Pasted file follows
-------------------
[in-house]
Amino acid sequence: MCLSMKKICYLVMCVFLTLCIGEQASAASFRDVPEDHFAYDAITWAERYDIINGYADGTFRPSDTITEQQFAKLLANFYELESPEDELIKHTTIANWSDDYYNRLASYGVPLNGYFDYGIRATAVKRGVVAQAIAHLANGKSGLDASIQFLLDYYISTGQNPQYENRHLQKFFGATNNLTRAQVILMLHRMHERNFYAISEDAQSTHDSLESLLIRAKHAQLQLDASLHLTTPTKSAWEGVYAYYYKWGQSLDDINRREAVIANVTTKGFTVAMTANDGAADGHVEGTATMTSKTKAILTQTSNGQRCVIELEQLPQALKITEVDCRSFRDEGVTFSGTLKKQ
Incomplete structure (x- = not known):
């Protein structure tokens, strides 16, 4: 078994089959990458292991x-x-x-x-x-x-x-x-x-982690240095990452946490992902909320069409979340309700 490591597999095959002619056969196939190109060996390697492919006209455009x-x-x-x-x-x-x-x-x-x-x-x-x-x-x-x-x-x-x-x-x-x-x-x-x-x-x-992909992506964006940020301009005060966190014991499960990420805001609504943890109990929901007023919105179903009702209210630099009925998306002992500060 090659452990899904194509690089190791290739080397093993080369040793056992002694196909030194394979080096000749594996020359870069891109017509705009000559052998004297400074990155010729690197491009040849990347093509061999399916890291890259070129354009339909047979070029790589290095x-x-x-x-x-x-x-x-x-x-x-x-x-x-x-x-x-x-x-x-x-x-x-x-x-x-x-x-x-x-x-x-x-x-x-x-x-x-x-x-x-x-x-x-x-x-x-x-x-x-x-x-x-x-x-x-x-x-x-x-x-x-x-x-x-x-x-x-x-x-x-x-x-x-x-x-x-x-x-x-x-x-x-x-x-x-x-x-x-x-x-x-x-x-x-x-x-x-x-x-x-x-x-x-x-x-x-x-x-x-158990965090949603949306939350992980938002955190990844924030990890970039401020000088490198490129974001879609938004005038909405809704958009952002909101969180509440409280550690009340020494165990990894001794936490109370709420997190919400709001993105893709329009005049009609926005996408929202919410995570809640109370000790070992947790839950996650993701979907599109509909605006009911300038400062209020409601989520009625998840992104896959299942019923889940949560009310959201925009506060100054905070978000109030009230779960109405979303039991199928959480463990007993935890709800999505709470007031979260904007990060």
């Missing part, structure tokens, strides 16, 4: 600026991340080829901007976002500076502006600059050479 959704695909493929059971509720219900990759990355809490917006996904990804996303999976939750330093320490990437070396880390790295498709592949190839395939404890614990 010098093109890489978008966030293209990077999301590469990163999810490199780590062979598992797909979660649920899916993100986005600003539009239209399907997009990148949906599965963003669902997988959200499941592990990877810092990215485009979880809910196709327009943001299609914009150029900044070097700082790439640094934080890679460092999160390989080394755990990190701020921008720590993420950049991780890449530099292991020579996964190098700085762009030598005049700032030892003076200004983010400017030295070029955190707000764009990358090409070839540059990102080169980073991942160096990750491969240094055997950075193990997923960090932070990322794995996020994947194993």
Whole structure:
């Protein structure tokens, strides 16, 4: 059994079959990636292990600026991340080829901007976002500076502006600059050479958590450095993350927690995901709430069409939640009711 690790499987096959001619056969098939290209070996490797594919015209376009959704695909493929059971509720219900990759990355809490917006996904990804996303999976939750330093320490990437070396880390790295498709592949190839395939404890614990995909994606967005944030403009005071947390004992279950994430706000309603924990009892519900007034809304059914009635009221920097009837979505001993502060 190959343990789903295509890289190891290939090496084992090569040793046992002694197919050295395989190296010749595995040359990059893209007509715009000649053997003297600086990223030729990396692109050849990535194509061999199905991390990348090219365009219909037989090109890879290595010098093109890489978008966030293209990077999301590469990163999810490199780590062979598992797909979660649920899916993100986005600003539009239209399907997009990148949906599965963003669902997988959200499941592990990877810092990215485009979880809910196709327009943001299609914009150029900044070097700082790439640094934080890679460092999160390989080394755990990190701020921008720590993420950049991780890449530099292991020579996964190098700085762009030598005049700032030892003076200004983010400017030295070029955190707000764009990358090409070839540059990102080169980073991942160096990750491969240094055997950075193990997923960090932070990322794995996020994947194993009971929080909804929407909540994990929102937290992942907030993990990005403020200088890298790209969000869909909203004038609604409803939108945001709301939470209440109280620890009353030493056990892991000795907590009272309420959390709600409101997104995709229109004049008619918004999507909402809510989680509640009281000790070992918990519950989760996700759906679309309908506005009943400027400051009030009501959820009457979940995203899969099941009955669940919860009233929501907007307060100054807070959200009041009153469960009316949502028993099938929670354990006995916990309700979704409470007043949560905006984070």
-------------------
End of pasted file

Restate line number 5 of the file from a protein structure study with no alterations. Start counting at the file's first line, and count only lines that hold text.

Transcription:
């Missing part, structure tokens, strides 16, 4: 600026991340080829901007976002500076502006600059050479 959704695909493929059971509720219900990759990355809490917006996904990804996303999976939750330093320490990437070396880390790295498709592949190839395939404890614990 010098093109890489978008966030293209990077999301590469990163999810490199780590062979598992797909979660649920899916993100986005600003539009239209399907997009990148949906599965963003669902997988959200499941592990990877810092990215485009979880809910196709327009943001299609914009150029900044070097700082790439640094934080890679460092999160390989080394755990990190701020921008720590993420950049991780890449530099292991020579996964190098700085762009030598005049700032030892003076200004983010400017030295070029955190707000764009990358090409070839540059990102080169980073991942160096990750491969240094055997950075193990997923960090932070990322794995996020994947194993």